On one hand, I’m genuinely happy for moms who have breastfeeding experiences like those, and don’t resent them one bit. And I mean that from the very bottom of my heart. Breastfeeding isn’t easy for anyone, even those moms with naturally higher milk supplies, so those mamas are WORKING to feed those littles and build those supplies. I’m in now way trying to imply that they “have it easy”—because they don’t.
But here’s what happens when I, a mom with a naturally low milk supply, hear those stories: I start to wonder if I’m inadequate. If there’s something wrong with me. If I’m not trying hard enough. If I’m failing my baby. If I’m less of a woman than those other moms. If I’m not good enough.
It genuinely has nothing to do with the other moms and everything to do with how I view myself and my own insecurities (like almost everything in women-to-women competition is when you dig down to the root of it).
To combat this, remind yourself that not all breastmilk supplies are created equal. There’s no point in competing with other moms. Focus on your supply, on your baby, on your experience, and know that if you get up in the morning and feed your baby—however you choose to do it—that you are enough.
4. Know When to Walk Away From a Conversation
There are plenty of folks out there who won’t accept that having a naturally low breastmilk supply is a thing.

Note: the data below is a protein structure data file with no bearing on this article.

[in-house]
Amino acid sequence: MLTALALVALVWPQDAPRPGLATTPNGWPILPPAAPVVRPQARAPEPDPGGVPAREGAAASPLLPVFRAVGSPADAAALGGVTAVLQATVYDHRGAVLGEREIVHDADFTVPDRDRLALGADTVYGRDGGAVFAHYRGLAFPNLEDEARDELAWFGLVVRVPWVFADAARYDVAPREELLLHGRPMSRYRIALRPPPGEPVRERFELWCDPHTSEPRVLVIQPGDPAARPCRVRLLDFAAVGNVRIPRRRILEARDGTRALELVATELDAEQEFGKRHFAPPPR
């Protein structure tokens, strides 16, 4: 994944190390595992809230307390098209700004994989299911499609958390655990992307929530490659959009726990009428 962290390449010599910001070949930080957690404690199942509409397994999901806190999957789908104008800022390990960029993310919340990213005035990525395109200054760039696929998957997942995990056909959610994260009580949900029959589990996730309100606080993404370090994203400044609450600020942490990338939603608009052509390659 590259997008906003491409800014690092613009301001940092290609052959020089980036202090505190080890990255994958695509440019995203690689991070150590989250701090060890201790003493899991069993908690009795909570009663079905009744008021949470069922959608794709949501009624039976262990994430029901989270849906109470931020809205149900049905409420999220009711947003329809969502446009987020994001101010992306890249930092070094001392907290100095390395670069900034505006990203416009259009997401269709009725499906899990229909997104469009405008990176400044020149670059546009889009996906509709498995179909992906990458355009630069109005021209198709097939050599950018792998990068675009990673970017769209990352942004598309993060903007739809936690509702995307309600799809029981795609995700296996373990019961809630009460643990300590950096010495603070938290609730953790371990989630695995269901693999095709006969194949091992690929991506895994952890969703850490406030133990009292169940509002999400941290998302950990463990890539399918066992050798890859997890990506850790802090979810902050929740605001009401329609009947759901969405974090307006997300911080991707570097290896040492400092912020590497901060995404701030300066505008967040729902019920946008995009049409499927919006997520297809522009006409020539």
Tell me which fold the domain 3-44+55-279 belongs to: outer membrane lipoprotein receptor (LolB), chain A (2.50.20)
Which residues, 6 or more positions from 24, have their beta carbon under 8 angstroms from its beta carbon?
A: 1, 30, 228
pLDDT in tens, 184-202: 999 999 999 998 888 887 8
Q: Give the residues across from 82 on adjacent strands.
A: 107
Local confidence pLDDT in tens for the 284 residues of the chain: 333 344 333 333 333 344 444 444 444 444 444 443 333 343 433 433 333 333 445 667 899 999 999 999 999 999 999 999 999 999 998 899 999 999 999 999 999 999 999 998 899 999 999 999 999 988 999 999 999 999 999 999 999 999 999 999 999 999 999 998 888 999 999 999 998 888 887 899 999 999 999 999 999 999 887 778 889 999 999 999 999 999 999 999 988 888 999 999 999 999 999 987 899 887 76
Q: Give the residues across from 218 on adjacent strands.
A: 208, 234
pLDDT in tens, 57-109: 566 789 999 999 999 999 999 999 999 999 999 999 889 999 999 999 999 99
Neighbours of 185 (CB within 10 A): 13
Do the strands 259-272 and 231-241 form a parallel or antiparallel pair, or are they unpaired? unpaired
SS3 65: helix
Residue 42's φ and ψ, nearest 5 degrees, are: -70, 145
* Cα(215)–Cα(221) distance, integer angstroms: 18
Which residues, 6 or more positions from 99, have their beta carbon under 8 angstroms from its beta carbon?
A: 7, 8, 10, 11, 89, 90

They will make you feel like you simply aren’t trying hard enough; that you aren’t doing enough to accomplish your breastfeeding goals. That you haven’t downed enough fenugreek, or aren’t using the right medical-grade breastpump, or aren’t nursing enough times during the day—because, in case you haven’t heard—breastfeeding is a supply-and-demand system! Is your mind completely blown right now? Probably not, because…of course you’ve heard that.
All breastfeeding moms have heard the same advice. Over and over. The breastfeeding info typically starts at your prenatal appointments and is slammed in your face at every possible opportunity pretty much until your child looks a little too old to be of breastfeeding age.
And if you are one of the lucky few who hasn’t had to endure this cycle in person…my guess would be that if you’re a breastfeeding mama with a naturally low milk supply…you found all of the same advise through your own research immediately after realizing you had a naturally low milk supply.
Because that same advice is everywhere. And the truth? Most breastfeeding advice-givers don’t help the situation at all.
Yes, it’s true that breastfeeding is a supply and demand system. Yes, there are some things that can help. But it’s also true that some women start off with less milk than others, and that there are only 24 hours in a day, and you can’t nurse and/or pump during every single one of them and do the million other things that being a parent requires of you and stay sane.
If you’re having a conversation with someone who just doesn’t quite understand the low-supply struggle, don’t be afraid to politely shift or end the conversation. You have enough on your plate, mama. And, to be honest, you don’t owe anyone an explanation. Never allow yourself to be overwhelmed because you feel like you do.
5. Don’t Spend Tons of Money on Breastmilk-Boosting Products
When you start your breastfeeding journey and realize your milk supply is low, it can be tempting to throw money at every product that may be rumored to boost breastmilk supplies in hopes of upping your milk production. Don’t do this.
If you buy everything at once, and use everything at once, you’ll have absolutely no idea what is actually helping and what isn’t. This means you could end up spending a ton of cash on products that aren’t actually doing anything.